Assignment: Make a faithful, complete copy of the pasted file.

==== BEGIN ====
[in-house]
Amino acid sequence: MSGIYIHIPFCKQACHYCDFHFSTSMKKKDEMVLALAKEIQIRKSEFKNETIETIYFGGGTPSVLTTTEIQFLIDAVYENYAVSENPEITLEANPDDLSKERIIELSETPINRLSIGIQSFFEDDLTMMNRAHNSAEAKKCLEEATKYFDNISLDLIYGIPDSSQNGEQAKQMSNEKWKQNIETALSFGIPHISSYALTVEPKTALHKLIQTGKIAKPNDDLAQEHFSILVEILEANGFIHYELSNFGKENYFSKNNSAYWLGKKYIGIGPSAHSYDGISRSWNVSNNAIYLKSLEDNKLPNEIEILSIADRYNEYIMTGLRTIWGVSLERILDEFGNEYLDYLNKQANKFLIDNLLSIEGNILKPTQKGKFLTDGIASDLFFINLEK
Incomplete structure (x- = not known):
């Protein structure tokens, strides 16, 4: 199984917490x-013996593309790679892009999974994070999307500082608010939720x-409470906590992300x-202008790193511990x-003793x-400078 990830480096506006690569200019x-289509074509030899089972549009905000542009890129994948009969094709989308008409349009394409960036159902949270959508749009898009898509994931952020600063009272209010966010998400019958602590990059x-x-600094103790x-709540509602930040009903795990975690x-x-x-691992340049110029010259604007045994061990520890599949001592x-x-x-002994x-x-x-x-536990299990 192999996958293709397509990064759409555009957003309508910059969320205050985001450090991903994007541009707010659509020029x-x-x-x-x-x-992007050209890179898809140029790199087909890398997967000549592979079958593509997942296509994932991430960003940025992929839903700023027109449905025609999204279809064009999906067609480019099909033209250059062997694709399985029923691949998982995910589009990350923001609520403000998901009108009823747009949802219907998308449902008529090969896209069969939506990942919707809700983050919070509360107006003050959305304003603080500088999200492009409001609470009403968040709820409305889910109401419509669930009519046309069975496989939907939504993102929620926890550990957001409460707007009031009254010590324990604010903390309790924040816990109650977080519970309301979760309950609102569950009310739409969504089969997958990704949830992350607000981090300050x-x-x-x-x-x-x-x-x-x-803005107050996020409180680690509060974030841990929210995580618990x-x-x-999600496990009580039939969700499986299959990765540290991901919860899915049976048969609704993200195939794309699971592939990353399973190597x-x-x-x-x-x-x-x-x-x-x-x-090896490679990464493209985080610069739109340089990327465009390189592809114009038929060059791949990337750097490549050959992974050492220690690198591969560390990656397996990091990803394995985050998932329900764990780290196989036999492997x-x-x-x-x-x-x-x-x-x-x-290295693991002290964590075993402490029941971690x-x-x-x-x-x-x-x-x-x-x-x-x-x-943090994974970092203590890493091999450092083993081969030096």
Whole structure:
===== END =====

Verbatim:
[in-house]
Amino acid sequence: MSGIYIHIPFCKQACHYCDFHFSTSMKKKDEMVLALAKEIQIRKSEFKNETIETIYFGGGTPSVLTTTEIQFLIDAVYENYAVSENPEITLEANPDDLSKERIIELSETPINRLSIGIQSFFEDDLTMMNRAHNSAEAKKCLEEATKYFDNISLDLIYGIPDSSQNGEQAKQMSNEKWKQNIETALSFGIPHISSYALTVEPKTALHKLIQTGKIAKPNDDLAQEHFSILVEILEANGFIHYELSNFGKENYFSKNNSAYWLGKKYIGIGPSAHSYDGISRSWNVSNNAIYLKSLEDNKLPNEIEILSIADRYNEYIMTGLRTIWGVSLERILDEFGNEYLDYLNKQANKFLIDNLLSIEGNILKPTQKGKFLTDGIASDLFFINLEK
Incomplete structure (x- = not known):
């Protein structure tokens, strides 16, 4: 199984917490x-013996593309790679892009999974994070999307500082608010939720x-409470906590992300x-202008790193511990x-003793x-400078 990830480096506006690569200019x-289509074509030899089972549009905000542009890129994948009969094709989308008409349009394409960036159902949270959508749009898009898509994931952020600063009272209010966010998400019958602590990059x-x-600094103790x-709540509602930040009903795990975690x-x-x-691992340049110029010259604007045994061990520890599949001592x-x-x-002994x-x-x-x-536990299990 192999996958293709397509990064759409555009957003309508910059969320205050985001450090991903994007541009707010659509020029x-x-x-x-x-x-992007050209890179898809140029790199087909890398997967000549592979079958593509997942296509994932991430960003940025992929839903700023027109449905025609999204279809064009999906067609480019099909033209250059062997694709399985029923691949998982995910589009990350923001609520403000998901009108009823747009949802219907998308449902008529090969896209069969939506990942919707809700983050919070509360107006003050959305304003603080500088999200492009409001609470009403968040709820409305889910109401419509669930009519046309069975496989939907939504993102929620926890550990957001409460707007009031009254010590324990604010903390309790924040816990109650977080519970309301979760309950609102569950009310739409969504089969997958990704949830992350607000981090300050x-x-x-x-x-x-x-x-x-x-803005107050996020409180680690509060974030841990929210995580618990x-x-x-999600496990009580039939969700499986299959990765540290991901919860899915049976048969609704993200195939794309699971592939990353399973190597x-x-x-x-x-x-x-x-x-x-x-x-090896490679990464493209985080610069739109340089990327465009390189592809114009038929060059791949990337750097490549050959992974050492220690690198591969560390990656397996990091990803394995985050998932329900764990780290196989036999492997x-x-x-x-x-x-x-x-x-x-x-290295693991002290964590075993402490029941971690x-x-x-x-x-x-x-x-x-x-x-x-x-x-943090994974970092203590890493091999450092083993081969030096």
Whole structure: